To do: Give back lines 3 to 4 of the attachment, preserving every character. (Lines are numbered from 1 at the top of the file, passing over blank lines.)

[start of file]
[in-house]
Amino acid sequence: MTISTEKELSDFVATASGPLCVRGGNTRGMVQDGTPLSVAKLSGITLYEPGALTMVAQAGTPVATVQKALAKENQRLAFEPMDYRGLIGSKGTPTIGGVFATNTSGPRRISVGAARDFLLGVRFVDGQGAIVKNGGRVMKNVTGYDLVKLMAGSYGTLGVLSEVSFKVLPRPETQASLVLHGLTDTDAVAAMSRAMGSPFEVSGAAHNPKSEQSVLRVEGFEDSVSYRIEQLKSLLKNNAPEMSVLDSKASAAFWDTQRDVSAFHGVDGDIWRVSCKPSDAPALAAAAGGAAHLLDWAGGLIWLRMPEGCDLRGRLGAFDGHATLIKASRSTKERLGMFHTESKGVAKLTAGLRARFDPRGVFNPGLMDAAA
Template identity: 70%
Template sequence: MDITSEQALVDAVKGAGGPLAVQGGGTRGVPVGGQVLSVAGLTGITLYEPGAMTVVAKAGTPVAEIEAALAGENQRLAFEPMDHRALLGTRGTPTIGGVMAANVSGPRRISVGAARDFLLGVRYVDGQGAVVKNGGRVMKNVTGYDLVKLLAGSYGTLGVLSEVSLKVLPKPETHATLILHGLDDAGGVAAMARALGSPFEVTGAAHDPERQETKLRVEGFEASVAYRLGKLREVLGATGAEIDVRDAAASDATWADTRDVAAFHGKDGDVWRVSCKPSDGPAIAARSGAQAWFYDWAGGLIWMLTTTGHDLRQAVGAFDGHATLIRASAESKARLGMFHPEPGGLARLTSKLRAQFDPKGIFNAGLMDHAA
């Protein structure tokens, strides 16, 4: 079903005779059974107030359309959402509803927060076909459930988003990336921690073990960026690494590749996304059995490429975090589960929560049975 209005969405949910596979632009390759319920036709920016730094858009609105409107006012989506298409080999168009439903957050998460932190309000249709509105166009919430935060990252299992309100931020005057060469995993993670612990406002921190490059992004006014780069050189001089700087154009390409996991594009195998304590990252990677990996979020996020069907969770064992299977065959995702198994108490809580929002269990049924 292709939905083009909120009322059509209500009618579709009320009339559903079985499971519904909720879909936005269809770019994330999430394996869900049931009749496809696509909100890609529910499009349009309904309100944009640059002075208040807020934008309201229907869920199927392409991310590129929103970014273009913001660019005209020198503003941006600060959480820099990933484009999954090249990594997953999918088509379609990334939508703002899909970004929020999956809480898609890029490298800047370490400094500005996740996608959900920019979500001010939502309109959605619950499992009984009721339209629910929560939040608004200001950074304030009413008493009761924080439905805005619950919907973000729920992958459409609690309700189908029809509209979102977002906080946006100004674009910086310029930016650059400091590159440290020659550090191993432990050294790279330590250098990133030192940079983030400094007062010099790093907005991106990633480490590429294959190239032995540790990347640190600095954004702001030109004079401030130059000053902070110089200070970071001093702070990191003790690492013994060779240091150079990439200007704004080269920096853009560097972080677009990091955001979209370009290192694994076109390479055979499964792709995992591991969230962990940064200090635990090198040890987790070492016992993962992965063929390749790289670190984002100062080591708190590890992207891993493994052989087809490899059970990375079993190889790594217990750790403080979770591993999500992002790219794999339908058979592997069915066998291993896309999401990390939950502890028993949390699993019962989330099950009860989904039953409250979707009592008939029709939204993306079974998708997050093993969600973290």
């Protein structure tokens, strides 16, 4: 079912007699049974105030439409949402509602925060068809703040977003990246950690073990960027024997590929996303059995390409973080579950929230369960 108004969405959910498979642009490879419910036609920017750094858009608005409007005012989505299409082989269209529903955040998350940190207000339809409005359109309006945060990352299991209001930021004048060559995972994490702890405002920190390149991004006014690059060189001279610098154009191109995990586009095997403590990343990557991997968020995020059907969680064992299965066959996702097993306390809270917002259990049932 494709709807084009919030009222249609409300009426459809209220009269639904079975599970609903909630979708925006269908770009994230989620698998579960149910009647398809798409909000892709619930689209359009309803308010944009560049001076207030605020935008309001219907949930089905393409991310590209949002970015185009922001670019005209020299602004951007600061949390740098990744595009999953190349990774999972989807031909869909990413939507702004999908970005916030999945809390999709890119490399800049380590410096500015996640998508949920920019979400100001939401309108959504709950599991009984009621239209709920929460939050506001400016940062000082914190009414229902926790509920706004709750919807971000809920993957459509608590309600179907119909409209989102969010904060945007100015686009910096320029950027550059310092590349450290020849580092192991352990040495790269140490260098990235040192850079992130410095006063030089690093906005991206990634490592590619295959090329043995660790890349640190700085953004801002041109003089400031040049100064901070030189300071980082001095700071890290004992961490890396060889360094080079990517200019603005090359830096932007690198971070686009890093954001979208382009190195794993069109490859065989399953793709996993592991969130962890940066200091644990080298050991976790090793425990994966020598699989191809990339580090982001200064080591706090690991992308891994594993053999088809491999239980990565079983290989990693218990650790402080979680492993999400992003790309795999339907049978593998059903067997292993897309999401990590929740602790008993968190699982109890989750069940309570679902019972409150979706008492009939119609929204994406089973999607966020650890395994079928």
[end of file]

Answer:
Template identity: 70%
Template sequence: MDITSEQALVDAVKGAGGPLAVQGGGTRGVPVGGQVLSVAGLTGITLYEPGAMTVVAKAGTPVAEIEAALAGENQRLAFEPMDHRALLGTRGTPTIGGVMAANVSGPRRISVGAARDFLLGVRYVDGQGAVVKNGGRVMKNVTGYDLVKLLAGSYGTLGVLSEVSLKVLPKPETHATLILHGLDDAGGVAAMARALGSPFEVTGAAHDPERQETKLRVEGFEASVAYRLGKLREVLGATGAEIDVRDAAASDATWADTRDVAAFHGKDGDVWRVSCKPSDGPAIAARSGAQAWFYDWAGGLIWMLTTTGHDLRQAVGAFDGHATLIRASAESKARLGMFHPEPGGLARLTSKLRAQFDPKGIFNAGLMDHAA